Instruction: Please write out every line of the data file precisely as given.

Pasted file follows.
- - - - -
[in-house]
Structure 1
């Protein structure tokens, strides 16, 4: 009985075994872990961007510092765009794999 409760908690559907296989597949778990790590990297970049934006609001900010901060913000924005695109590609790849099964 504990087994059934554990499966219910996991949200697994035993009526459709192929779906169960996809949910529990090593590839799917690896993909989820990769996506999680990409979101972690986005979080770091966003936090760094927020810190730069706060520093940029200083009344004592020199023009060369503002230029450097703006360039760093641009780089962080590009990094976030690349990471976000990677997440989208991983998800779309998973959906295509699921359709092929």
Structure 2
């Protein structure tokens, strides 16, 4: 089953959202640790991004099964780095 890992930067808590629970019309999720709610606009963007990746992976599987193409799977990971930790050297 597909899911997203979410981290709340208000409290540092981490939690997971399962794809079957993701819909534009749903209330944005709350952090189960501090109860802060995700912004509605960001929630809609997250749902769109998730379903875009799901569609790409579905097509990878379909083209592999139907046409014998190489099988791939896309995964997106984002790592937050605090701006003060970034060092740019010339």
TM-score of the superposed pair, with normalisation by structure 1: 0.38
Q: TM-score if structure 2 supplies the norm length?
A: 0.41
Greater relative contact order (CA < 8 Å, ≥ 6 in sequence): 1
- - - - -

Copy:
[in-house]
Structure 1
């Protein structure tokens, strides 16, 4: 009985075994872990961007510092765009794999 409760908690559907296989597949778990790590990297970049934006609001900010901060913000924005695109590609790849099964 504990087994059934554990499966219910996991949200697994035993009526459709192929779906169960996809949910529990090593590839799917690896993909989820990769996506999680990409979101972690986005979080770091966003936090760094927020810190730069706060520093940029200083009344004592020199023009060369503002230029450097703006360039760093641009780089962080590009990094976030690349990471976000990677997440989208991983998800779309998973959906295509699921359709092929």
Structure 2
């Protein structure tokens, strides 16, 4: 089953959202640790991004099964780095 890992930067808590629970019309999720709610606009963007990746992976599987193409799977990971930790050297 597909899911997203979410981290709340208000409290540092981490939690997971399962794809079957993701819909534009749903209330944005709350952090189960501090109860802060995700912004509605960001929630809609997250749902769109998730379903875009799901569609790409579905097509990878379909083209592999139907046409014998190489099988791939896309995964997106984002790592937050605090701006003060970034060092740019010339």
TM-score of the superposed pair, with normalisation by structure 1: 0.38
Q: TM-score if structure 2 supplies the norm length?
A: 0.41
Greater relative contact order (CA < 8 Å, ≥ 6 in sequence): 1